Related Parent Resources

    HALF Message:
    While you are working hard to do what’s best for your baby, don’t forget to take care of yourself, too. It may not be easy to find the time and energy to eat well and stay active, but your baby is watching what you eat and do.

    HALF Resources: 
    For realistic parent derived strategies about role modeling, refer parents to healthychildren.org/growinghealthy​: Parenting Tips for Infants​

​​Routines​ are Important:

Establish and maintain healthy routines
   Regular meals
   Daily physical activity
   Adequate Sleep

    Evidence

    Starting in infancy, parents should nurture routines for children that provide exposure to obesity prevention-associated behaviors.

    Parental decisions about how and when to spend their free time and parental feeding practices such as choice of food and beverage consumption are examples of key parental decisions that ultimately shape infant’s and young children’s behaviors.

    Parent Feedback

    ​​Parents were adverse to the word "schedule".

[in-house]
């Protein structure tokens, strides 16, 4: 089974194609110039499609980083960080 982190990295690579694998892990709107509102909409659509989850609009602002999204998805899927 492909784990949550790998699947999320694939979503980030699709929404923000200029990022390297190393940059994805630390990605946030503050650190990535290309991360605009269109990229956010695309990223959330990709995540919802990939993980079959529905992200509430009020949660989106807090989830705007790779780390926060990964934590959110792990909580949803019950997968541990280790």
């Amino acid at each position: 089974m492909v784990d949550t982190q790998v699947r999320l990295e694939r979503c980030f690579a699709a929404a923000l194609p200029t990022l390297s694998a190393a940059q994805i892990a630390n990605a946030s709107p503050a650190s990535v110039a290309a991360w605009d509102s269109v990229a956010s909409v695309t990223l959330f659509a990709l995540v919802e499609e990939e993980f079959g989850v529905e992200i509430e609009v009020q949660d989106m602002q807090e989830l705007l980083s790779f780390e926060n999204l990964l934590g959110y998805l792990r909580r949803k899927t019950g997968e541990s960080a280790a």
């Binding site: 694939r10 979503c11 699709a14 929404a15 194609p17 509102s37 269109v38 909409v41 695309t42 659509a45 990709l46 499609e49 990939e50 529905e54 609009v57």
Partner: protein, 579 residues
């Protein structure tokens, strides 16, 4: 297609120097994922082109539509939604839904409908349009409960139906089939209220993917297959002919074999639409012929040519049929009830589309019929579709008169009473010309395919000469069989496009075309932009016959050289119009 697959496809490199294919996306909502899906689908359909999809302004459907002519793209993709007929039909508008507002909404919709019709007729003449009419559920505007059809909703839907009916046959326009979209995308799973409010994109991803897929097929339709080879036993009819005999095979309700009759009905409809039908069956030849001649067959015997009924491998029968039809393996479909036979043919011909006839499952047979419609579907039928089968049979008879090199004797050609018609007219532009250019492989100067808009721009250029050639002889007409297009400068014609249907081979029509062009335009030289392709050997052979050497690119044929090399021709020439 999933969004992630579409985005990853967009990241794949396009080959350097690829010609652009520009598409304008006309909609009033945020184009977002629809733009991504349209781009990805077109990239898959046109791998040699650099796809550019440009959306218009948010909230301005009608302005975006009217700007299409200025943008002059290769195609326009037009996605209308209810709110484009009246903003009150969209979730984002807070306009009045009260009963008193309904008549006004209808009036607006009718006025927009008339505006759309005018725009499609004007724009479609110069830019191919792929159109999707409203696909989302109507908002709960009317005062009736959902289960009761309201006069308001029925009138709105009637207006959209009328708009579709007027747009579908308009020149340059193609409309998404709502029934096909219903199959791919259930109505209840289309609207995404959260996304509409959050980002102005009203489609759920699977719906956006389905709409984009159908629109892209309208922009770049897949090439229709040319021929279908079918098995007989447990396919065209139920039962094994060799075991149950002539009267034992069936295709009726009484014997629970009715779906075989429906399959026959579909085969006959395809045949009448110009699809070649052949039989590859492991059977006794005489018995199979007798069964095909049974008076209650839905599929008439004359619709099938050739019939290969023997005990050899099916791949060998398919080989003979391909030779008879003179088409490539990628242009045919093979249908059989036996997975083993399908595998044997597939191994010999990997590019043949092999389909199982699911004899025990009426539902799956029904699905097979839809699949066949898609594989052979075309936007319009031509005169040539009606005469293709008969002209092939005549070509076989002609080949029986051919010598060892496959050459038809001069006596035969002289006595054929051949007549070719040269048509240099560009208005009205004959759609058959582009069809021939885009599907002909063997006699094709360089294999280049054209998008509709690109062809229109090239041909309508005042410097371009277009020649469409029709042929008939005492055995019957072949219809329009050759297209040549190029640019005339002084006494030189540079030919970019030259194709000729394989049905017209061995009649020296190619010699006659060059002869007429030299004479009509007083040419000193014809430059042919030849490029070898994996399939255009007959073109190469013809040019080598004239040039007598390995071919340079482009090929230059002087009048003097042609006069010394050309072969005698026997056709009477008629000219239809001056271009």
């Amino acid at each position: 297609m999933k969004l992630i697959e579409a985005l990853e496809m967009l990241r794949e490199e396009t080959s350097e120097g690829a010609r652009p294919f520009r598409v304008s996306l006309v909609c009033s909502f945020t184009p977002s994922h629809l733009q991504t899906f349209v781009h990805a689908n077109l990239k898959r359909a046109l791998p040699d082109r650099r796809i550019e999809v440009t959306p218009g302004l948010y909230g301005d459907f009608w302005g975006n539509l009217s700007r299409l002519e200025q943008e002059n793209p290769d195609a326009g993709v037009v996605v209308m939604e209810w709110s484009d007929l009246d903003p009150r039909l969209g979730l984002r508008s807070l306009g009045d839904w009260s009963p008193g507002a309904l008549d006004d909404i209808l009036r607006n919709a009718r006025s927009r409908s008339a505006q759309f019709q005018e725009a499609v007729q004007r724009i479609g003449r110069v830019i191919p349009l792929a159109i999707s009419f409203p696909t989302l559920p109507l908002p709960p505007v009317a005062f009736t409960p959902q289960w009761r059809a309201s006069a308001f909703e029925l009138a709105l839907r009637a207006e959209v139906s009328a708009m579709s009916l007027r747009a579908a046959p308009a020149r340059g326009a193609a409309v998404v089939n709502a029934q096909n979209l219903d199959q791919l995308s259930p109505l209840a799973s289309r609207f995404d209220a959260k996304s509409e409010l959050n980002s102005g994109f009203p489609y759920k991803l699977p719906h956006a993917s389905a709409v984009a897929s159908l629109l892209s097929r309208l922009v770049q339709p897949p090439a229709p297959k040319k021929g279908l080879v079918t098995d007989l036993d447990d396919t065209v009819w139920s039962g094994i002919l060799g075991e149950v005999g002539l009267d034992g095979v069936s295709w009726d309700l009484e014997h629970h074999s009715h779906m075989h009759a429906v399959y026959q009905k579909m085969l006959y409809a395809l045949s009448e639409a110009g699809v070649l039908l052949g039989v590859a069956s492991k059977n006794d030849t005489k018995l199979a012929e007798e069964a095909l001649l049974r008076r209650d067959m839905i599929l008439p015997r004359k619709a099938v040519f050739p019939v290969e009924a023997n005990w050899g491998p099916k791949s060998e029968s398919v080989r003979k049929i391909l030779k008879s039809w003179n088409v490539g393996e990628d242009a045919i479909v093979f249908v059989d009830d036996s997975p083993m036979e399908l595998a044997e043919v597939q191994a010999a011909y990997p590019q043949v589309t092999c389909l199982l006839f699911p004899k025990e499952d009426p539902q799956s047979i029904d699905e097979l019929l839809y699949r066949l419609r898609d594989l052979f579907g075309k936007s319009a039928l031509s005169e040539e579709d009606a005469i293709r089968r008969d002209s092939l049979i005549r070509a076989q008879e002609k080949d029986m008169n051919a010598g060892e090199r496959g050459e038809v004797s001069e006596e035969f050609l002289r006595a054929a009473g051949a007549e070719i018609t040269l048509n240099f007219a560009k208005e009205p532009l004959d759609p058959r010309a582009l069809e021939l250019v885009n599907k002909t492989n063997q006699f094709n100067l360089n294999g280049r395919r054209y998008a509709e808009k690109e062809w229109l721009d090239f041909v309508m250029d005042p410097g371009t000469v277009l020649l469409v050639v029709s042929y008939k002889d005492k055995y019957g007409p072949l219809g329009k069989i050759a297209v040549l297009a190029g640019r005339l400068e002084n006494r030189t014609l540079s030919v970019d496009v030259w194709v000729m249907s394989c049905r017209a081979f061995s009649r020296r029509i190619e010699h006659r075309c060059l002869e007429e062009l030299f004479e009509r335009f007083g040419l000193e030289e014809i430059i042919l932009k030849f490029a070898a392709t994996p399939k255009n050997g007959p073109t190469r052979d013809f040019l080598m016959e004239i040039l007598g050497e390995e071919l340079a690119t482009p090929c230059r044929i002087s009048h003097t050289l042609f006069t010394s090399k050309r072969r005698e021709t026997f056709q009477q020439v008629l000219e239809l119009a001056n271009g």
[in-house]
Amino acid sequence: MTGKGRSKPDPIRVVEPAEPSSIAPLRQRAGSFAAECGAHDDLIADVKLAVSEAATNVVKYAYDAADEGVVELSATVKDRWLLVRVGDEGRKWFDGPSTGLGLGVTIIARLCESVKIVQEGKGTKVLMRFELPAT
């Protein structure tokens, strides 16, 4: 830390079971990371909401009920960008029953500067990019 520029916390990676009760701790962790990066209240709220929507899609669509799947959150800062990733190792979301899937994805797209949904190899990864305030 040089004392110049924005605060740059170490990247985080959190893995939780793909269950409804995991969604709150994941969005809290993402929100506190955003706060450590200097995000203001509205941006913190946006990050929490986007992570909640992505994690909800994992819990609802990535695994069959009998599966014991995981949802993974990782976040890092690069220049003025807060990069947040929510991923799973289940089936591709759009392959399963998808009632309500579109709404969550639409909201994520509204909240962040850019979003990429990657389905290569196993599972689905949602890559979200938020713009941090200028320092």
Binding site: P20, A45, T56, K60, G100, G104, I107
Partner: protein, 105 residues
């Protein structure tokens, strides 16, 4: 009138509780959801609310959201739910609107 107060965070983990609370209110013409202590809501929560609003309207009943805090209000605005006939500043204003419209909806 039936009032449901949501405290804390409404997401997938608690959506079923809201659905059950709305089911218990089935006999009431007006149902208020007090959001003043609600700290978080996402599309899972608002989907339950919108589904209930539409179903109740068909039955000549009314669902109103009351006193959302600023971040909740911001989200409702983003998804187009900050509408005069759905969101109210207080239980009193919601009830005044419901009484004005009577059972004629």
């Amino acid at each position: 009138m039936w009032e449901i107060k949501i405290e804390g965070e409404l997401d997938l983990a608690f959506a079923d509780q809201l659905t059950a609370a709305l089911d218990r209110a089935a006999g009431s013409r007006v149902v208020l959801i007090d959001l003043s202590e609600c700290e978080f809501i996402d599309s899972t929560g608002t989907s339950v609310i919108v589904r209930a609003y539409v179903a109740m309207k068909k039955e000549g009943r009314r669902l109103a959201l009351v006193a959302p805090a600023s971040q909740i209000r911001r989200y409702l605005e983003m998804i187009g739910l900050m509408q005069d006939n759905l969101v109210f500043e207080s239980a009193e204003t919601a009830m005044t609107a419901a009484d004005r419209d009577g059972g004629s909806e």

Overall, parents had trouble making the link between routines and healthy active living, especially during the demanding infant phase.

    Many parents thought establishing routines was particularly challenging, especially in light of the demands of an infant.

    Opportunities for Care

    Infancy is a demanding period, but it is worthwhile to work with parents to establish routines.

    Start with establishing feeding and bathing routines.

    Work on a bedtime and sleep routine starting at 2-4 months.

    ​By 9 months, work on meal times with the child joining the family at the table.

    Conversation Starters

    What’s your day-to-day routine like with your baby?

    What are the challenges of establishing eating routines for your baby?

    What are the challenges of establishing bathing and sleeping routines for your baby?

    Do you have any routines that help you with caring for your infant?

    Healthy routines like regular meals and sleep can help your baby lead a healthy life. Let’s brainstorm some ways to start some routines for your family.